Photo: Laura Dornbush

The boys didn’t want to give up the train and truck, but we persuaded them to come inside so long as the vehicles came inside with us too. It felt like a parade entering the café with a stroller, Veer Cruiser Wagon, two ride-on toys and three toddlers. But I was immediately put at ease when I saw strollers parked next to every table and diaper bags stacked on chairs. 

“It felt like a parade entering the café with a stroller, Veer Cruiser Wagon, two ride-on toys and three toddlers!” 

While the moms studied the menu, our blond trio dove into the indoor play area with soft climbing blocks, a play piano, puzzles and books. At the counter, Nicolle and I ordered our coffee first (no surprise there). She ordered a cold brew and I opted for a latte.


Photo: Laura Dornbush

We also ordered a few food items for the boys, knowing we might get a few bites of whatever they didn’t finish. The café offers a variety of sweet and savory toasts ($8.50-$12.50), overnight oats ($7), açaí bowl ($10.50), chia pudding ($7), yogurt parfait ($7), smoothies ($7.50) and a full espresso bar.   

Instead of traditional table numbers to help the food runners find us, we received a Peppa Pig table number. I also spotted fun Cookie Monster and Paw Patrol table numbers.

The boys stayed busy climbing and jumping in the play area while we waited for our food. We had to keep reminding them to be gentle since the area is designed for keiki ages 0 to 3 years old—and there was a baby nearby. Our coffee and food came out sporadically but took about 15 minutes to get everything we ordered. It wasn’t hard to summon the boys to the table. We all toasted to our friendship with coffee and Babyccinos (steamed milk).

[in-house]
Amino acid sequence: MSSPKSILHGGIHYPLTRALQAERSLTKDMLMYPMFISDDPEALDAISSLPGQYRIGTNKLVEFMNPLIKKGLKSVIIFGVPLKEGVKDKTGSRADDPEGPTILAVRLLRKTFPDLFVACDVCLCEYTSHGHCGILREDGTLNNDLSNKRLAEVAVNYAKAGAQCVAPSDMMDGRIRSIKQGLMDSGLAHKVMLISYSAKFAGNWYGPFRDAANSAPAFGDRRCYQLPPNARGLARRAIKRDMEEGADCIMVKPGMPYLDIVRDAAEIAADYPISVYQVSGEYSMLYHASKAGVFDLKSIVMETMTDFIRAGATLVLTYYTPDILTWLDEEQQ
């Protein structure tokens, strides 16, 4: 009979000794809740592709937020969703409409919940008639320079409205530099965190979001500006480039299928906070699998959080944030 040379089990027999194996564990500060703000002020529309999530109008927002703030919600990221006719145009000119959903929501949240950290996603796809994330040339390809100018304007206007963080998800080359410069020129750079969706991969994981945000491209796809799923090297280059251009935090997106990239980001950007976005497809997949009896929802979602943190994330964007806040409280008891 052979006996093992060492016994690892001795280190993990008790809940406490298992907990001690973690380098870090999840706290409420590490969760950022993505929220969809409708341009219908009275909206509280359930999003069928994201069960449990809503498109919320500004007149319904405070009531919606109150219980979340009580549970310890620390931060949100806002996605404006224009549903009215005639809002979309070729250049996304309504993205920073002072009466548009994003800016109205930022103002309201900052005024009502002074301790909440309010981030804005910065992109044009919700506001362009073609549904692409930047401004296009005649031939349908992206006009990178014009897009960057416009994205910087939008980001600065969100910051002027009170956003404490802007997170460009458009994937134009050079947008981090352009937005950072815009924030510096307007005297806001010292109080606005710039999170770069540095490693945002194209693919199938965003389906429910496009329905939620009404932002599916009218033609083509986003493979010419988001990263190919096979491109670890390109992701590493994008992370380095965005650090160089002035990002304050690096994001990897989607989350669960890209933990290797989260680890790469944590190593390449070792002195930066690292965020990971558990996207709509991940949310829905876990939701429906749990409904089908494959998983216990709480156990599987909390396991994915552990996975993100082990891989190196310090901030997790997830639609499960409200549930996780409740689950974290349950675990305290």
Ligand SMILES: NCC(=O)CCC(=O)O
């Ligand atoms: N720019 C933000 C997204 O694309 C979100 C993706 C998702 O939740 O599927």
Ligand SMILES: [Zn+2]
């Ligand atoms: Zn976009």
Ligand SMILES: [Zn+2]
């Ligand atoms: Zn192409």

Photo: Laura Dornbush


Photo: Laura Dornbush

My latte hit the spot and I appreciated the leaf latte art and ceramic mug, which is an upgrade from my usual paper to-go cup. Nicolle’s cold brew was strong and didn’t get diluted with the ice cubes, which were also made with cold brew.

Jack started digging into his overnight oats with bananas, strawberries, raspberries and chia seeds right away. The fresh fruit on top was the first to go. Luke gave an A+ to the avocado toast, which he devoured quickly and then started eyeing his brother’s oats.

Jack surrendered the oats and ate the remaining piece of avocado toast. I’m not sure if Duke was thrown-off by the open-face presentation or the sprinkles, but he just stared at his colorful keiki unicorn toast. Eventually he ate one strawberry off the top. He just wanted to be excused to get back to playing. True to their colors, Jack and Luke polished off their toast and oats and joined Duke to play. 


Photo: Laura Dornbush


Photo: Laura Dornbush

The café was very accommodating with our requests to customize the order for the boys. For the overnight oats, we swapped pineapple for berries and left off the feta and cilantro on the avocado toast. And when the boys wrinkled their noses at the warm milk of their Babyccinos, the staff gladly added ice. 

The best thing about Keiki & the Pineapple is that it is a no-stress place to dine with infants and toddlers. Is your kid screaming? Is your kid spilling water all over the floor? Is your baby’s diaper exploding out the side? It’s OK, because all the parents and caregivers here have been there, done that. However, despite being a kids’ play café, the small touches in the latte art, cold brew ice cubes and creative table numbers make even the moms feel like they are going out for a treat.


Photo: Laura Dornbush

We’ll definitely be back for more playdates and to try out some of the scheduled craft activities! 

Keiki & the Pineapple is open Tuesdays to Fridays from 6:30 a.m. to 5 p.m., Saturdays and Sundays from 8 a.m. to 3 p.m. and is closed Mondays. 909 Kapiolani Blvd. Ste B. (808) 369-7025. keikiandthepineapple.com